CROWLEY – At this month’s Crowley City Council meeting, Dr. James Reaves gave a presentation on the dangers of fluoridation in drinking water. Even though several studies have shown that fluoridation has been beneficial to the public’s teeth, Reaves said that independent studies show that not only is adding fluoride to a town’s drinking water not as effective as one would think, but that it is also related to a higher rate of cancer and Alzeheimer’s disease.
Not so fast according to four representatives of the dental and medical field during an interview Friday.
“Not only is fluoridation proven to help teeth, especially those of our children,” said Dr. Randy Hayden, the president of Creative Communications Inc. “Here in Louisiana, especially in the rural parishes where dental care may not be quite as accessible, it is an invaluable method for people to attain their fluoride.”
Recently the Lafayette City/Parish council, after listening to a presentation from Reaves’ group, decided to approved a resolution to state lawmakers, asking them to take a hard look at the process before spending the $530,000 cost on fluoridating the state’s water. A 2008 state law requires that water systems with more than 5,000 connections be fluoridated with regulations on the levels of fluoride in our drinking water.
According to Reaves, the arguments against fluoride state that the chemical is often an industrial waste product and a potential poison. However, as Hayden pointed out on Friday, the same could be said of chlorine, aluminum or any other chemical that may be in our water.
However, the American Dental Association (ADA) says that fluoridation prevents cavities, and the benefits for permanent teeth begin even before children lose their baby teeth. The group also says that fluoridation reduces tooth decay in children by 60 percent. Even where fluoridated toothpaste and mouthwash and fluoridation treatments by dentist are available, treated water reduces tooth decay by up to 40 percent.
Ward Blackwell of the Louisiana Dental Association basically said that anyone needed proof as to the benefits of fluoridation, the results were obvious after Hurricane Katrina when he was working with displaced residents in Baton Rouge.
“Baton Rouge is the largest city in the country which has a non-fluoridated water system,” said Blackwell. “New Orleans has fluoridated water. I literally got to a point when I was treating people where I could tell if they were from Baton Rouge or New Orleans just by looking at their teeth.”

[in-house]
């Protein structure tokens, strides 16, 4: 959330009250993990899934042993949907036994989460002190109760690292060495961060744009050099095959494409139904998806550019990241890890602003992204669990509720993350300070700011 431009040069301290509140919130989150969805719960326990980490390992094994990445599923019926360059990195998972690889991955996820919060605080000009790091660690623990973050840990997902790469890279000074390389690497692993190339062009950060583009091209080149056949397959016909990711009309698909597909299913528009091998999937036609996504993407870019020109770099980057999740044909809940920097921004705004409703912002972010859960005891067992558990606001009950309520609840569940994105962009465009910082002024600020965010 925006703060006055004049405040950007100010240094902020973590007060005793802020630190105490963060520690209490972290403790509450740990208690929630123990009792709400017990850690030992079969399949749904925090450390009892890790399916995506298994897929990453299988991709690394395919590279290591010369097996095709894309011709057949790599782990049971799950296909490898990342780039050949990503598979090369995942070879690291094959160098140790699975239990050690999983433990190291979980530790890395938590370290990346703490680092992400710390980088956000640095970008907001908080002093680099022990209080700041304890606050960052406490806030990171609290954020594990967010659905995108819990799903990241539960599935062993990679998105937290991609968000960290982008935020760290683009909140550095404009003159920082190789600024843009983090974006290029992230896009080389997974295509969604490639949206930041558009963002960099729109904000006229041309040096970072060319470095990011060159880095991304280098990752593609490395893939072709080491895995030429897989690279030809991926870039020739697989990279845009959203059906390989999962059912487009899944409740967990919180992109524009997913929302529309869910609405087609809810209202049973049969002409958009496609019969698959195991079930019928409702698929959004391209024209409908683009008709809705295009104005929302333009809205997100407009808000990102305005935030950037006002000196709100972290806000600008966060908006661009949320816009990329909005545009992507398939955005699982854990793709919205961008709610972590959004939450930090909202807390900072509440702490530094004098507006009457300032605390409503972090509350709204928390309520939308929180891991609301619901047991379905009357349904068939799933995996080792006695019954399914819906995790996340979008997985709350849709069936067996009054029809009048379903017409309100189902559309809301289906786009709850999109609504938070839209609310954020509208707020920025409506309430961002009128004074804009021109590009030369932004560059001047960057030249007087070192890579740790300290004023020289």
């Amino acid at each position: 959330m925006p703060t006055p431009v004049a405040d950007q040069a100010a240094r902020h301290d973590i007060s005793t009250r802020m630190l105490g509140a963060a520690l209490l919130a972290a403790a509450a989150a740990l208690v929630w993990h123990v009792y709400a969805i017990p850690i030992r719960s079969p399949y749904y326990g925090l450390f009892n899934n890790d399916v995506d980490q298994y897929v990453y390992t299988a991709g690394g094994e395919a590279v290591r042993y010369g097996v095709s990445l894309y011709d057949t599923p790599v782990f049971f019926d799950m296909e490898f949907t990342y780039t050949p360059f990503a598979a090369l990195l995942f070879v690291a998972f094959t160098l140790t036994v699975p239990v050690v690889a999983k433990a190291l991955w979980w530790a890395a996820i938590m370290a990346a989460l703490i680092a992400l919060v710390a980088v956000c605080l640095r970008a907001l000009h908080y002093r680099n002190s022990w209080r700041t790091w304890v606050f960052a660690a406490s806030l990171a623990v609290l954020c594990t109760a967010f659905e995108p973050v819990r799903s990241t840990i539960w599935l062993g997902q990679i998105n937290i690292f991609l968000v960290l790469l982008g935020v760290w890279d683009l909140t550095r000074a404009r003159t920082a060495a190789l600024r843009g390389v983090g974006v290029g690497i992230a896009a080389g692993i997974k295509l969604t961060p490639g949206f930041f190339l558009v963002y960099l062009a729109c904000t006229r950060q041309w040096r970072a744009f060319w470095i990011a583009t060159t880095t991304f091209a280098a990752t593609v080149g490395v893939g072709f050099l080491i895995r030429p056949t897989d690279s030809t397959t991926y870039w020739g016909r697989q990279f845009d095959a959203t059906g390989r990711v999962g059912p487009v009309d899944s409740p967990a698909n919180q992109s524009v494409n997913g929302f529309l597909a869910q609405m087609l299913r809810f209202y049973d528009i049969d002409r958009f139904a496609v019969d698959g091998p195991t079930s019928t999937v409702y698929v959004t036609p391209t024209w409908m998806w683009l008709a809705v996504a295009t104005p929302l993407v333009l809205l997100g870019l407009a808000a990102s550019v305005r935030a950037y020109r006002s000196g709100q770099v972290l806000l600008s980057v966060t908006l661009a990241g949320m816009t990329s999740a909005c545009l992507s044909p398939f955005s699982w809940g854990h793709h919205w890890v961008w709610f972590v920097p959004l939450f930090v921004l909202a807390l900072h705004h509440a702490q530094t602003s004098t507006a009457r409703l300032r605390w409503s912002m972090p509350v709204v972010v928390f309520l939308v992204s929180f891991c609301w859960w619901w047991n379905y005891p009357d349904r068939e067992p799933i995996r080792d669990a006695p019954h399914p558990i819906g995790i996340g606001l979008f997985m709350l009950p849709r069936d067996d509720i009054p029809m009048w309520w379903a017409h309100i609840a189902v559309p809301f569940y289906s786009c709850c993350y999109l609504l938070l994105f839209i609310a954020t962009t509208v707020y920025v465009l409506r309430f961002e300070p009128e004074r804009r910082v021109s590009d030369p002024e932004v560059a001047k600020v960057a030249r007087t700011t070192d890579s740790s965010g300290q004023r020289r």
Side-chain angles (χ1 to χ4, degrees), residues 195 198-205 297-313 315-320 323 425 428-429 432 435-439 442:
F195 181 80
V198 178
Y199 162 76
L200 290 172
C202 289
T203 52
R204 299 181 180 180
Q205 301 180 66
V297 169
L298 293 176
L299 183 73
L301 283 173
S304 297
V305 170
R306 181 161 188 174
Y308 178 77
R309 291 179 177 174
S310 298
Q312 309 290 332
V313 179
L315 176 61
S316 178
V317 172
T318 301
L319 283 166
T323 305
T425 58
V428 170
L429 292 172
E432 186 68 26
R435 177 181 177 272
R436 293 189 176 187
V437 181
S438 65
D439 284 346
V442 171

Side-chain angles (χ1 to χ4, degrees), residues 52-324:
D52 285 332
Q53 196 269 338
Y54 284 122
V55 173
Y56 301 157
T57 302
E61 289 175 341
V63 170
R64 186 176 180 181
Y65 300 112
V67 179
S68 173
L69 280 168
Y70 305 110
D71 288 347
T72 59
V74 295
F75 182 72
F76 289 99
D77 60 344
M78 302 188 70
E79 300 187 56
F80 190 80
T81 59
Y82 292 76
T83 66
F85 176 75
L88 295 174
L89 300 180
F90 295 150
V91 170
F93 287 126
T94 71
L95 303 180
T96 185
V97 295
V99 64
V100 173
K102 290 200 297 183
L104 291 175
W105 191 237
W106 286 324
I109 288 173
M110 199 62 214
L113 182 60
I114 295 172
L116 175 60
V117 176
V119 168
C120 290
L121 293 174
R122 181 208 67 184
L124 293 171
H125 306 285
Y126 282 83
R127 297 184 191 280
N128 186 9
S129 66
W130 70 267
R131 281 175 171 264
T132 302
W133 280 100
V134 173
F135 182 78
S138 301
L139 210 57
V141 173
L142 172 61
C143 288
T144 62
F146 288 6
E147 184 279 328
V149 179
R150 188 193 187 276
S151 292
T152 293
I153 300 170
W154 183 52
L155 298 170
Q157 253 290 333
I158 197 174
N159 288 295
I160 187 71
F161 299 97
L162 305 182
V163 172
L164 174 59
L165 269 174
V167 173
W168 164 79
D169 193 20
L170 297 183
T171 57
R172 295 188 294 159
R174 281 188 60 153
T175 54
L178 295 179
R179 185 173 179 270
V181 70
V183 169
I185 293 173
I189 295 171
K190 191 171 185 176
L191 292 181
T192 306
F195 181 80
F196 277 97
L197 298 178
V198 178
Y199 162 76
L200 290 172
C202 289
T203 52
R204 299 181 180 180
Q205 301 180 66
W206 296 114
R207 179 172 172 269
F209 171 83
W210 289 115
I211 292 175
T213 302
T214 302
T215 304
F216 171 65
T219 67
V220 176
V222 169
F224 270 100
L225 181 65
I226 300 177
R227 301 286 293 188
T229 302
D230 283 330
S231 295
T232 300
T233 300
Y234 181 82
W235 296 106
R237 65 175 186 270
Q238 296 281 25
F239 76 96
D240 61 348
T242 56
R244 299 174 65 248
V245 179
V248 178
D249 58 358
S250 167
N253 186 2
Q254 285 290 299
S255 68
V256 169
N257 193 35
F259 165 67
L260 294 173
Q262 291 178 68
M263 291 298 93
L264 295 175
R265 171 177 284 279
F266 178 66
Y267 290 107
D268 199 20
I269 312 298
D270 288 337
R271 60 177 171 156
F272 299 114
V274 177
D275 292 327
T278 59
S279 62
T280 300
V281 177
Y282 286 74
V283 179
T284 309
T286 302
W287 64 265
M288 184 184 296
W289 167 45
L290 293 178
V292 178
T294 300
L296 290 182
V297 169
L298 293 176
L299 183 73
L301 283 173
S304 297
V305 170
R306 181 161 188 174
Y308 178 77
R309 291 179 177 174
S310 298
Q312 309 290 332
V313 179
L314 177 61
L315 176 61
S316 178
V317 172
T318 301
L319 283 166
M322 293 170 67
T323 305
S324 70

He also pointed out that the 2008 law in Louisiana requiring fluoridation provides that the state maintain safe and proper levels of fluoride in Louisiana’s drinking water.
“Sure anyone can say that there may be a problem with our drinking water, but to simply assume it’s fluoridation is false,” added Hayden. “This is almost like a conspiracy theory . . . and with all due respect to Dr. Reaves, his background isn’t in medicine – he was a civil engineer. Inciting the public in such a manner could be very dangerous.”
“The vast, overwhelming majority of doctors and scientist (groups and people such as the ADA, the World Health Organization and the Surgeon General) are for the fluoridation of water and all that we ask is that is that you look at all the facts before making a quick judgement on the issue,” Hayden continued.
“All we ask is that people do their research from such respected organizations that Randy just mentioned and consider just how much the benefits outweigh the alleged risks,” added Blackwell.
The group, which also included Claire Rivette, the Director of Governmental Relations for Creative Communications, and Karissa M. Page, Fluoridation Coordinator for the Louisiana Office of Health and Hospitals, plans to attend June’s city council meeting to make their views known to city officials.